My only game that I was any good at was tennis. I played a heck of a lot at school but I wasn't a prodigy and began petering out at around 20. I suppose my real game is scuba-diving. I learned when I was 10 in the lovely tropical waters of the Caribbean and was I pretty keen - until the frigid grey threatening waters of northern New England rather damped the attraction. Once I'd learned, I felt like Jacques Cousteau, and when I went home to do it, it was like being in one of those World War II films about navy saboteurs - very cold, and very hard work.
Every year, I am fortunate enough to spend a few weeks in Thailand, during which I go diving every single day. And when I'm back in Britain, I'm involved in a couple of scuba charities which teach disabled people to dive. It means that every now and then, I'll don my scuba gear and jump into a swimming pool. Although after my childhood experience, I only really like warm water.
I am unashamed to admit that I do like a sport that has a lot of kit, and there's plenty of kit with scuba-diving. It's technically demanding, so you can't be sloppy and think about the phone bill. Because you have to concentrate a lot, somehow it's incredibly relaxing. Also, you get to see some great stuff - sharks, rays and eels. You never know what's going to be down there until you get into the water. There's that thrilling moment when you start descending and you just think: "Gosh, this is going to be amazing, I hope."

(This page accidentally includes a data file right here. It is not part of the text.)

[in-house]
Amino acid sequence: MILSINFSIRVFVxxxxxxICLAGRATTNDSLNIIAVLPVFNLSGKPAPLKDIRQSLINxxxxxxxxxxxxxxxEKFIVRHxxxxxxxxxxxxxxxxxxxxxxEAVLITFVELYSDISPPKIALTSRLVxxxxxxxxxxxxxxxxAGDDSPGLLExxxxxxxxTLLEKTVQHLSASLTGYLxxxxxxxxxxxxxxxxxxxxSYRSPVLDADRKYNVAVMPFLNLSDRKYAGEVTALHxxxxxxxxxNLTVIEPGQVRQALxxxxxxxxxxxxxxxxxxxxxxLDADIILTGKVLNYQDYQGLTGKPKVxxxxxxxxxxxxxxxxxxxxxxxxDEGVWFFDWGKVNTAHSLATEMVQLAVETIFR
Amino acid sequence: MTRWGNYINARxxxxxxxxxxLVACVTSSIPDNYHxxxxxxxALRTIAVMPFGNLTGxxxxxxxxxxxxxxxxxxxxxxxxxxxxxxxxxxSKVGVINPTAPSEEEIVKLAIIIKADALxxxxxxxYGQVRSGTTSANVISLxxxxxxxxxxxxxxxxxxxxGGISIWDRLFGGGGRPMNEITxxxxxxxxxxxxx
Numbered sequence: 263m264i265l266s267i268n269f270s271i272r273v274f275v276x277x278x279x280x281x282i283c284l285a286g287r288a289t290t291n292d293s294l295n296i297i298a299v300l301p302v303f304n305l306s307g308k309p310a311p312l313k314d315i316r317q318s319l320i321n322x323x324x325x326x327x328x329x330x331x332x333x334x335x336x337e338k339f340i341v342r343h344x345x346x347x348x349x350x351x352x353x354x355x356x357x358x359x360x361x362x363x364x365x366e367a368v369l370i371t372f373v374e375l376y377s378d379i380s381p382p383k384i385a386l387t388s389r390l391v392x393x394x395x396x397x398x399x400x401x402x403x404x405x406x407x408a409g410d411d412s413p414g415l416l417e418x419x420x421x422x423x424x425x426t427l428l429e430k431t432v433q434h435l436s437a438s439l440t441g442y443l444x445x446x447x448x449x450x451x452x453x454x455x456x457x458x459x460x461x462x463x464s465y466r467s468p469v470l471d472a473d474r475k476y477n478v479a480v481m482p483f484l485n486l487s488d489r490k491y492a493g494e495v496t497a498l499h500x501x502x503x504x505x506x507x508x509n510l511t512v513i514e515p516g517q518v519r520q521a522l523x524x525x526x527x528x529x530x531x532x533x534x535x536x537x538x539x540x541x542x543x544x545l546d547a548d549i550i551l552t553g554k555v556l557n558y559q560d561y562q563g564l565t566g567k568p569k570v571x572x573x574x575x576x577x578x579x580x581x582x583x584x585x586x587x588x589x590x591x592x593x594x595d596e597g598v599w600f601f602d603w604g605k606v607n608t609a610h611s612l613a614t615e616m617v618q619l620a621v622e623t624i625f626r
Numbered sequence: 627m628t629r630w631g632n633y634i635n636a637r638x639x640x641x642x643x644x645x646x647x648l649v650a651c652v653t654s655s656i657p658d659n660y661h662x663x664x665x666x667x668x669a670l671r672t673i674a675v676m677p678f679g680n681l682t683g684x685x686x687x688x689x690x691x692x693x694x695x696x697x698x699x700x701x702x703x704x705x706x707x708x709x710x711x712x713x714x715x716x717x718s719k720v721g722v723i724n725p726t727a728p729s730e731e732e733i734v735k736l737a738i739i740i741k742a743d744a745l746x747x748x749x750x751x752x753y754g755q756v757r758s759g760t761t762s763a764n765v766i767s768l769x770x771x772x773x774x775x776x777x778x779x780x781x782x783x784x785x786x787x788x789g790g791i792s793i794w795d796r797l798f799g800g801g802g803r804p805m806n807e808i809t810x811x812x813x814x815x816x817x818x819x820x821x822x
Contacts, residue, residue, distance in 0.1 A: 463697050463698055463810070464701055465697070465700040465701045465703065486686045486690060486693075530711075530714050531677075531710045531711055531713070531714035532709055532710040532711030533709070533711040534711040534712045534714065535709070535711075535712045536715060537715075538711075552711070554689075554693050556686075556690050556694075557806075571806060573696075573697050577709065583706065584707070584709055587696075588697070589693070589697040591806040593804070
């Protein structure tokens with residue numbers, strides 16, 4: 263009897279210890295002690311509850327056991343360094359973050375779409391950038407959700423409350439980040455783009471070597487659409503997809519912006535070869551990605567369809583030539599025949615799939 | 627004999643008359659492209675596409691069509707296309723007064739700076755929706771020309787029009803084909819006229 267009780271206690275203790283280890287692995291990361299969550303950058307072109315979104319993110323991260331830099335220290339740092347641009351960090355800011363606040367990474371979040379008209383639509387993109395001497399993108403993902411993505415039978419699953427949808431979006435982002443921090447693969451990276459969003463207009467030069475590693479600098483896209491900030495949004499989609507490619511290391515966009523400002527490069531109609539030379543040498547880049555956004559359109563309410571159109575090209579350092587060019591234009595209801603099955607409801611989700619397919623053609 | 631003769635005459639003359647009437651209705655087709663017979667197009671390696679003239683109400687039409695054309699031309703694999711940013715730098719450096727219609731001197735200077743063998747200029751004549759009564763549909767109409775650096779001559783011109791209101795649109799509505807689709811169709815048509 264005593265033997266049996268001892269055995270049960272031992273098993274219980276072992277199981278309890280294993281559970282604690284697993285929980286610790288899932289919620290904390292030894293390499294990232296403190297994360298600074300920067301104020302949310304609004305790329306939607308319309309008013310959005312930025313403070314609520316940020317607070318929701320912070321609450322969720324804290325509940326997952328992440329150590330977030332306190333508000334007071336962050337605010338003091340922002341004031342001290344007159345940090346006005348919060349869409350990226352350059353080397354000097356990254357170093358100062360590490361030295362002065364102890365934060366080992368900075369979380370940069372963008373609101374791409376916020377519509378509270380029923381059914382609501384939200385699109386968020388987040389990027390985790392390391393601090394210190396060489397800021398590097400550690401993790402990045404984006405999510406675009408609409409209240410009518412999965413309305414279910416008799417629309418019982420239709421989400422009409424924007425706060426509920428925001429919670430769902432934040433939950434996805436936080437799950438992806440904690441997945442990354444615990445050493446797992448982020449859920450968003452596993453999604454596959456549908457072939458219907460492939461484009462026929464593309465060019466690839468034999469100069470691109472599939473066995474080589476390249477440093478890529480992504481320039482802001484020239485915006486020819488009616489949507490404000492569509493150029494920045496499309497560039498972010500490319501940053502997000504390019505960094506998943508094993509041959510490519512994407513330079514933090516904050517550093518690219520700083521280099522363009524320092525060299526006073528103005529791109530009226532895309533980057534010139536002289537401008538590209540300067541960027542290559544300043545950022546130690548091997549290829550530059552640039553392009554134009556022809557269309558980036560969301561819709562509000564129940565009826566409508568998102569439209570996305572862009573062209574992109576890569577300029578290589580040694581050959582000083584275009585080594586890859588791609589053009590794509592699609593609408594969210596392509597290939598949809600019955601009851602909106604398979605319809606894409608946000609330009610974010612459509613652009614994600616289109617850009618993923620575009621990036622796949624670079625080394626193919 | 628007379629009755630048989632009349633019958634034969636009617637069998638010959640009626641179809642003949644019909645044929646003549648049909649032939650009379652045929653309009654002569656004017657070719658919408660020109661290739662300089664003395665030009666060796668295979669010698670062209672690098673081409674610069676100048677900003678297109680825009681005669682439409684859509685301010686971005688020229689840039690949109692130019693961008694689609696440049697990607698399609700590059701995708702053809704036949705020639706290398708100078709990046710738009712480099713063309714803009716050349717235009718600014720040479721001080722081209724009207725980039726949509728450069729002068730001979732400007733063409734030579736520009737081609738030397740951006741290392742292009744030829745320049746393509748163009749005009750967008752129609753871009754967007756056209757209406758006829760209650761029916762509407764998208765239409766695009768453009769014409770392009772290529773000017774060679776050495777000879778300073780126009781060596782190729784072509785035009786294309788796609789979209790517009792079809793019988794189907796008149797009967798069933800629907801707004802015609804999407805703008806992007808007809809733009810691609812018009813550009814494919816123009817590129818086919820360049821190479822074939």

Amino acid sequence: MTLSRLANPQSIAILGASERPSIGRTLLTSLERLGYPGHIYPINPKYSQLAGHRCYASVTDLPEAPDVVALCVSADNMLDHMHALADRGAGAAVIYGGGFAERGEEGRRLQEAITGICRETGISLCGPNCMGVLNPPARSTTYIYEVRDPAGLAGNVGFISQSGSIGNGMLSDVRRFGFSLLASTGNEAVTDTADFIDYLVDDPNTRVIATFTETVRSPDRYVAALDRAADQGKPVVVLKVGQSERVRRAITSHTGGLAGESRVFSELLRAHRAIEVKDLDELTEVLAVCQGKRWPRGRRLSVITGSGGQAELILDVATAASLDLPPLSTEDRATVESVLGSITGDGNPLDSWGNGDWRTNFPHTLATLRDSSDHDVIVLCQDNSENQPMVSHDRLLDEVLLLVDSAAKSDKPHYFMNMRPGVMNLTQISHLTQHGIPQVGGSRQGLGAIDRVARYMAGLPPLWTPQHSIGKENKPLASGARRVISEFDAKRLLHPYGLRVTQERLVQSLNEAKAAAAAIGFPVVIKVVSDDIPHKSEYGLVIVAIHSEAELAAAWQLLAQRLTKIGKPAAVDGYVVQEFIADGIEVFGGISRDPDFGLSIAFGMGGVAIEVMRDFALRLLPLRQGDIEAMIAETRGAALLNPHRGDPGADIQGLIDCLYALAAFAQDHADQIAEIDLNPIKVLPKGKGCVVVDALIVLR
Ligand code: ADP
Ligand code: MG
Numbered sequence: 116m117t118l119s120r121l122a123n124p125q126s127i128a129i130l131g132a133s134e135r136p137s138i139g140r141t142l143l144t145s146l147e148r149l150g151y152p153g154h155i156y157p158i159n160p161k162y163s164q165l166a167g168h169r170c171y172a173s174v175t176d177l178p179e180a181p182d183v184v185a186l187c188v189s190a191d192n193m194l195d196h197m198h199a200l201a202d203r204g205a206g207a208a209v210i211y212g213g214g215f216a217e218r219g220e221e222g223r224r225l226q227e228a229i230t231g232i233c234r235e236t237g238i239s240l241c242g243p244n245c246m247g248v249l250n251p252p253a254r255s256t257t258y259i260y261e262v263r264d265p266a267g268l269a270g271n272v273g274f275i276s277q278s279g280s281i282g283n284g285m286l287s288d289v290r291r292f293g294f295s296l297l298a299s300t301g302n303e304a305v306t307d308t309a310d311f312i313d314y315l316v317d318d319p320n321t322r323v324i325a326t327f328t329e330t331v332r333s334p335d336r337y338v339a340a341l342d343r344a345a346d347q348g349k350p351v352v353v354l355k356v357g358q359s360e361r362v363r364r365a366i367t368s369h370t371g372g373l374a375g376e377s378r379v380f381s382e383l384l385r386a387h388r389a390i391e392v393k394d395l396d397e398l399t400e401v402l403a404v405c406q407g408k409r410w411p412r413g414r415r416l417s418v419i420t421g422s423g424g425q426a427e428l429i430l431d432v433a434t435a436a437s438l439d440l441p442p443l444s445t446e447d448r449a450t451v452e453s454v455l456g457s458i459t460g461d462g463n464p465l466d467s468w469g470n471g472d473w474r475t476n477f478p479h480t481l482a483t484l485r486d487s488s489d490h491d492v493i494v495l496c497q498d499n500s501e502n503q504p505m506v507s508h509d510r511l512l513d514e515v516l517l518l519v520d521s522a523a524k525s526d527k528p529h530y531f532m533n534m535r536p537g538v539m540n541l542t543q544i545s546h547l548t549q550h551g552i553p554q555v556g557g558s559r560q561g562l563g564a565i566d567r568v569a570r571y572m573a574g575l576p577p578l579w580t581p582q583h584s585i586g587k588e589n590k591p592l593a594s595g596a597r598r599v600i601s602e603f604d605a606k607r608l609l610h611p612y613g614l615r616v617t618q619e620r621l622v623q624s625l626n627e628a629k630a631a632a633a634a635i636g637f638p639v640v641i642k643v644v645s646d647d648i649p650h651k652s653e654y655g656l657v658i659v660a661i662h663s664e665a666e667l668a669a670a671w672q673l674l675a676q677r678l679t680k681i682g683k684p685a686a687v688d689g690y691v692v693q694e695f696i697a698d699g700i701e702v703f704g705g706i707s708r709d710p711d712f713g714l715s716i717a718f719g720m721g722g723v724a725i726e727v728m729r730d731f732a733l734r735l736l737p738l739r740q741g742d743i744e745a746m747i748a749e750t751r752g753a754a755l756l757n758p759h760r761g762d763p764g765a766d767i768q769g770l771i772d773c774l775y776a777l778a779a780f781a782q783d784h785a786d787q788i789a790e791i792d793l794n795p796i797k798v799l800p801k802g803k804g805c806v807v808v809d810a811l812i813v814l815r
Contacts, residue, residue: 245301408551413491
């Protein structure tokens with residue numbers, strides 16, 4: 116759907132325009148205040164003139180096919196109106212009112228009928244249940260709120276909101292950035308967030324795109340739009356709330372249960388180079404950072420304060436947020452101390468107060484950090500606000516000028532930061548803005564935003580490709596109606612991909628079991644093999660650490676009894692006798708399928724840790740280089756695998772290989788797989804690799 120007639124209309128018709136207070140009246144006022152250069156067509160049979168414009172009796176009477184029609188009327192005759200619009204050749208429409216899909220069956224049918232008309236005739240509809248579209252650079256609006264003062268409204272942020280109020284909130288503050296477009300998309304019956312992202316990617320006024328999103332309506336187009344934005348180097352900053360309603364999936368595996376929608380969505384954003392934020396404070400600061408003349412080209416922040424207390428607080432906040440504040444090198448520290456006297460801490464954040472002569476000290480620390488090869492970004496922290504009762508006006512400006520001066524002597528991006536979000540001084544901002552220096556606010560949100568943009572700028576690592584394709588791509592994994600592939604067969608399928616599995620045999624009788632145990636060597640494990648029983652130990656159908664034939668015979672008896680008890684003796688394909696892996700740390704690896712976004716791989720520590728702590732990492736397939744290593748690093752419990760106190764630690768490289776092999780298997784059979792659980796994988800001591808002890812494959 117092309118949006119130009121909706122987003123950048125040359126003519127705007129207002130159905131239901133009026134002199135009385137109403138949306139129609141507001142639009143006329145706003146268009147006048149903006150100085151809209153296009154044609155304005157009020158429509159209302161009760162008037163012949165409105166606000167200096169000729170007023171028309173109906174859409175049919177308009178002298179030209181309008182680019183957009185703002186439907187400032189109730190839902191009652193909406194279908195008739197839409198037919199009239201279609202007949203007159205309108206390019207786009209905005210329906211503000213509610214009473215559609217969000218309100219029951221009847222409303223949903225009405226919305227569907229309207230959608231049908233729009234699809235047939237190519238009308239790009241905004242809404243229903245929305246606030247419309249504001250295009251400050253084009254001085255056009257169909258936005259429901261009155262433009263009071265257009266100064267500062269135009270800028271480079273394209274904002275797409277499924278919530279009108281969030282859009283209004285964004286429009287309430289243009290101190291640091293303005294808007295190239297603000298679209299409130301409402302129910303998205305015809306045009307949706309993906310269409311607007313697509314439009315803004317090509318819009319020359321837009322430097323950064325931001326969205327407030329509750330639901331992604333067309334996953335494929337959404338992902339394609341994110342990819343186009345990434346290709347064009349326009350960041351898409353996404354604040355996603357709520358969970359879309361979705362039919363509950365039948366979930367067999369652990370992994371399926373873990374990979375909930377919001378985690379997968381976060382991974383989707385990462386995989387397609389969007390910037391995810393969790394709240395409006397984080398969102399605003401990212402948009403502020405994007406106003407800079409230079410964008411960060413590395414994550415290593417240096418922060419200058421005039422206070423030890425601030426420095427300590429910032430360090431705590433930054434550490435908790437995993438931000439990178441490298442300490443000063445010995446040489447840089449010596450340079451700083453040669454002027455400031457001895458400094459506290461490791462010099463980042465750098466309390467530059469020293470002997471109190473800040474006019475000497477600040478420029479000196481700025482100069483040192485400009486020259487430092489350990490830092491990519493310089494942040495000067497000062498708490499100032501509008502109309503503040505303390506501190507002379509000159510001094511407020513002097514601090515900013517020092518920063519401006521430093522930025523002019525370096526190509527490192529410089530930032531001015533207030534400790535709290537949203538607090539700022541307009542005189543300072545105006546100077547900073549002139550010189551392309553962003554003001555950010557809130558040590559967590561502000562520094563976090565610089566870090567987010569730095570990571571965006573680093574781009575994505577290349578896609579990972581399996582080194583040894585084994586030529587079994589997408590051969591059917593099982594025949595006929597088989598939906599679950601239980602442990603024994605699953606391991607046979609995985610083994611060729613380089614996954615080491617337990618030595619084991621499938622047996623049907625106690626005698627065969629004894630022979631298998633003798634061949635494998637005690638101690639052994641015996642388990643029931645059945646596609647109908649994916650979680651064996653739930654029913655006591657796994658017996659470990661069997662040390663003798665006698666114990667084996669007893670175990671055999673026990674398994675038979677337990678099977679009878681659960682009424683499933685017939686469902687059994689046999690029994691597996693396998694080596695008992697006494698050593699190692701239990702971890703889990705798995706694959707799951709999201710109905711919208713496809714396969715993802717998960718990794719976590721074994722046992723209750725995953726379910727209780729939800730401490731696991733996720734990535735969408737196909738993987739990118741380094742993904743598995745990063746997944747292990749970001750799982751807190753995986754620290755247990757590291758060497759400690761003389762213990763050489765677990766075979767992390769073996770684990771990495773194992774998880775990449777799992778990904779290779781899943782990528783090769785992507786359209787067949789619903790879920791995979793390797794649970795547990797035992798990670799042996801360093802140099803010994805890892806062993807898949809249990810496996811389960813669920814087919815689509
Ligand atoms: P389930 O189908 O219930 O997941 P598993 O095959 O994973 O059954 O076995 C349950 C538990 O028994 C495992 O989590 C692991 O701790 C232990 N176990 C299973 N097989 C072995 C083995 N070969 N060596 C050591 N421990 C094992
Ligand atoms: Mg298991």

I suppose I like fishing for the same reason; it's another think on which you have to concentrate in a marginally Zen-ish way.
The Surrey-based Scuba Trust (01306-740349) offers subsidised diver training and snorkelling to anyone with a physical disability. Includes regular trips to the Red Sea. Enquiries welcome from disabled divers, volunteer instructors and benefactors. The Latimer Sub-Aqua Club (0181- 840-7772) offers a similar London-based service.Reuse content